Filed Under: 


State Appropriations

For the 2014–2015 biennium (Sept. 1, 2013 through Aug. 31, 2015), total appropriated funding for higher education is $17.9 billion in All Funds, a decrease of $5.4 billion from the 2012–2013 appropriated funding level of $23.3 billion. The All Funds budget, however, no longer includes patient income to health-related institutions of higher education (estimated at $6.1 billion for the 2014-2015 biennium).

Although these institutions will continue to receive these funds, they are no longer included in their appropriations pattern. Considering only General Revenue and General Revenue–Dedicated, higher education funding will increase from $15.1 billion in 2012-2013 to $15.7 billion in 2014-2015, an increase of $669 million or 4.4 percent.

Higher education for 2014–2015 will represent 9.1 percent of the statewide All Funds budget, and 15.5 percent of the statewide General Revenue and General Revenue–Dedicated budget. This compares to 12.3 percent of the All Funds budget and 16.1 percent of the General Revenue and General Revenue–Dedicated budget for 2012–2013. Source: Summary Tables for Senate Bill 1 Conference Committee Report, Legislative Budget Board.


Enrollment in Texas public, independent, career, or private, colleges and universities in fall 2012 totaled 1,628,583 students, an increase of 28,996 from fall 2011.

Enrollment in the 38 public universities and all health-related institutions increased by 8,375 students to 600,108 students. Thirty-six universities reported enrollment increases, while two reported decreases.

The state's public community college districts, Lamar State Colleges, and Texas State Technical College System, which offer two-year degree programs, reported fall 2012 enrollments totaling 732,112 students, a decrease of 20,874 over fall 2011.

Enrollments for fall 2012 at the state's independent and career colleges and universities increased to 227,803 students, up 20,253 students from fall 2011.

Actions of the 83rd Legislature, 2013

The 83rd Texas Legislature approved critical legislation that will change the way higher education does business. Innovative legislative strategies to improve student outcomes and increase institutional productivity were approved including:

SB 1 implements outcomes-based funding for community colleges (Student Success Points) and technical colleges (Returned Value Funding Model), and increases funding for the TEXAS Grant program to $724 million, which represents the largest total dollar appropriation since the program began in 1999. Funding to expand graduate Medical Education was also appropriated.

SB 24 combines The University of Texas Brownsville and The University of Texas Pan American to create a new general academic teaching institution that includes a medical school.

SB 215 makes the TEXAS Grant program a university-only program and creates an additional pathway into the program for specific community college transfer students. The legislation also makes the B-On-Time loan program a university-only program and provides institutions with flexibility to set the award amount to maximize the number of zero-interest loans that can be issued.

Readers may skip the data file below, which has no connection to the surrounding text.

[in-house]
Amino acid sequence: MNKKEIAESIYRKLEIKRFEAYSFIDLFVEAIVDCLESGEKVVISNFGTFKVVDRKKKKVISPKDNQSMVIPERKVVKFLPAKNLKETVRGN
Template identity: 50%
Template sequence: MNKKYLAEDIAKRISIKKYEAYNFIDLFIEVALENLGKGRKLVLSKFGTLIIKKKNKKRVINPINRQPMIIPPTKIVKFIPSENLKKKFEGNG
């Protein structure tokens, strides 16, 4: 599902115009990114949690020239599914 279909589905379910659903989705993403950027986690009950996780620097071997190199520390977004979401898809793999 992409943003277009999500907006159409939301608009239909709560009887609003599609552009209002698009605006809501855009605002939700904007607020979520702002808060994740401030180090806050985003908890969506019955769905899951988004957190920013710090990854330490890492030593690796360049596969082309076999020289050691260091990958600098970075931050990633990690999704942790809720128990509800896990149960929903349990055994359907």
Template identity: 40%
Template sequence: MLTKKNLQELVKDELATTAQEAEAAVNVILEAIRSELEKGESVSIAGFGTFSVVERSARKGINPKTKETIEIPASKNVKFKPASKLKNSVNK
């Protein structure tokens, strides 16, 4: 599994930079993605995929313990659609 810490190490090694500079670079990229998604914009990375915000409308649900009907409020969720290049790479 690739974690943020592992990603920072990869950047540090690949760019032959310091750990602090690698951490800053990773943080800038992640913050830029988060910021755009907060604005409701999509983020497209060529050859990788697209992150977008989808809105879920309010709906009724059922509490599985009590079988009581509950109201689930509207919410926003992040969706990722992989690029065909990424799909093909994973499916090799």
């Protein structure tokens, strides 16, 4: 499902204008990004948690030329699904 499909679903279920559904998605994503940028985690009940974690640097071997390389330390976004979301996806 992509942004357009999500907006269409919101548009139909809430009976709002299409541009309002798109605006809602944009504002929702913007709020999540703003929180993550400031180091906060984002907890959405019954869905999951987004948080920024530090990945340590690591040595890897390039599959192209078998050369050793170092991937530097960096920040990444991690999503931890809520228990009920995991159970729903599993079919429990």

SB 215 also implements a cap for the number of hours required for an associate's degree to no more than that required by licensure or accrediting requirements in an effort to improve time-to-degree (typically 60 semester credit hours).

SB 441 requires the Texas Workforce Commission to collaborate with the Texas Higher Education Coordinating Board and public community and technical colleges to identify and develop methods to support competency-based, rapid-deployment education delivery models aligned with local and regional workforce needs.

SB 1210 requires students who receive tuition and fee exemption or waivers for higher education to meet basic academic progress requirements to maintain eligibility.

HB 5 makes substantial changes to the public high school curriculum and reduces the number of state assessments required from 15 to 5. Students must choose one of five endorsements to complete, in addition to the new Foundation Graduation Plan, upon entering 9th grade. All endorsements require four math credits and four science credits. A student may also graduate with a Distinguished Level of Achievement Plan which requires Algebra II and is required for Top 10 percent Automatic Admissions into a public university in Texas.

HB 29 requires public universities to offer a fixed tuition price plan under which the institution agrees not to increase tuition charges per semester credit hour.

HB 2036 creates the Texas 2036 Commission to identify future higher education and workforce needs.